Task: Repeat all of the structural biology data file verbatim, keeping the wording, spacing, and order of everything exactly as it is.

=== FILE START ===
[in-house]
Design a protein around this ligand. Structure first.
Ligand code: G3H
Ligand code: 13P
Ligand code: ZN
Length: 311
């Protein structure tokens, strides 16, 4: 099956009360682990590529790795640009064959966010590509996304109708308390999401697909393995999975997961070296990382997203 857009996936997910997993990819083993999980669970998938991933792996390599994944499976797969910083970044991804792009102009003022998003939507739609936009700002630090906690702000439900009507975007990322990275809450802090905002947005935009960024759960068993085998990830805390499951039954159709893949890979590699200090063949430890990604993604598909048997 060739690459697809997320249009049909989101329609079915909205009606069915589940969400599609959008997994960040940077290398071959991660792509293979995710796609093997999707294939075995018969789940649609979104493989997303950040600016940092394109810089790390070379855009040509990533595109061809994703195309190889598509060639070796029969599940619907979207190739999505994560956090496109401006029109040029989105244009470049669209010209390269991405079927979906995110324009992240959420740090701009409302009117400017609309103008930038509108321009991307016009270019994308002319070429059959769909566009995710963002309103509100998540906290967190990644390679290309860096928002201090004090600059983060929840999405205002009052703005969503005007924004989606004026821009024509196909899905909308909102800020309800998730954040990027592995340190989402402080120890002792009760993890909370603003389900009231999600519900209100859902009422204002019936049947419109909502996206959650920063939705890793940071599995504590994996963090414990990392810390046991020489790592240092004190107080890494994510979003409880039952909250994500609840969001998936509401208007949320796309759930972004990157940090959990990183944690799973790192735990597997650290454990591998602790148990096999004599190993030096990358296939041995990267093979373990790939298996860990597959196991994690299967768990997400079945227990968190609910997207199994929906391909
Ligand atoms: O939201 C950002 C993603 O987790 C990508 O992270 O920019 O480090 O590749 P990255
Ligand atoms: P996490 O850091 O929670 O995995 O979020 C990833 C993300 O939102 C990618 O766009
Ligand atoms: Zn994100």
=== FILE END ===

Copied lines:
[in-house]
Design a protein around this ligand. Structure first.
Ligand code: G3H
Ligand code: 13P
Ligand code: ZN
Length: 311
């Protein structure tokens, strides 16, 4: 099956009360682990590529790795640009064959966010590509996304109708308390999401697909393995999975997961070296990382997203 857009996936997910997993990819083993999980669970998938991933792996390599994944499976797969910083970044991804792009102009003022998003939507739609936009700002630090906690702000439900009507975007990322990275809450802090905002947005935009960024759960068993085998990830805390499951039954159709893949890979590699200090063949430890990604993604598909048997 060739690459697809997320249009049909989101329609079915909205009606069915589940969400599609959008997994960040940077290398071959991660792509293979995710796609093997999707294939075995018969789940649609979104493989997303950040600016940092394109810089790390070379855009040509990533595109061809994703195309190889598509060639070796029969599940619907979207190739999505994560956090496109401006029109040029989105244009470049669209010209390269991405079927979906995110324009992240959420740090701009409302009117400017609309103008930038509108321009991307016009270019994308002319070429059959769909566009995710963002309103509100998540906290967190990644390679290309860096928002201090004090600059983060929840999405205002009052703005969503005007924004989606004026821009024509196909899905909308909102800020309800998730954040990027592995340190989402402080120890002792009760993890909370603003389900009231999600519900209100859902009422204002019936049947419109909502996206959650920063939705890793940071599995504590994996963090414990990392810390046991020489790592240092004190107080890494994510979003409880039952909250994500609840969001998936509401208007949320796309759930972004990157940090959990990183944690799973790192735990597997650290454990591998602790148990096999004599190993030096990358296939041995990267093979373990790939298996860990597959196991994690299967768990997400079945227990968190609910997207199994929906391909
Ligand atoms: O939201 C950002 C993603 O987790 C990508 O992270 O920019 O480090 O590749 P990255
Ligand atoms: P996490 O850091 O929670 O995995 O979020 C990833 C993300 O939102 C990618 O766009
Ligand atoms: Zn994100």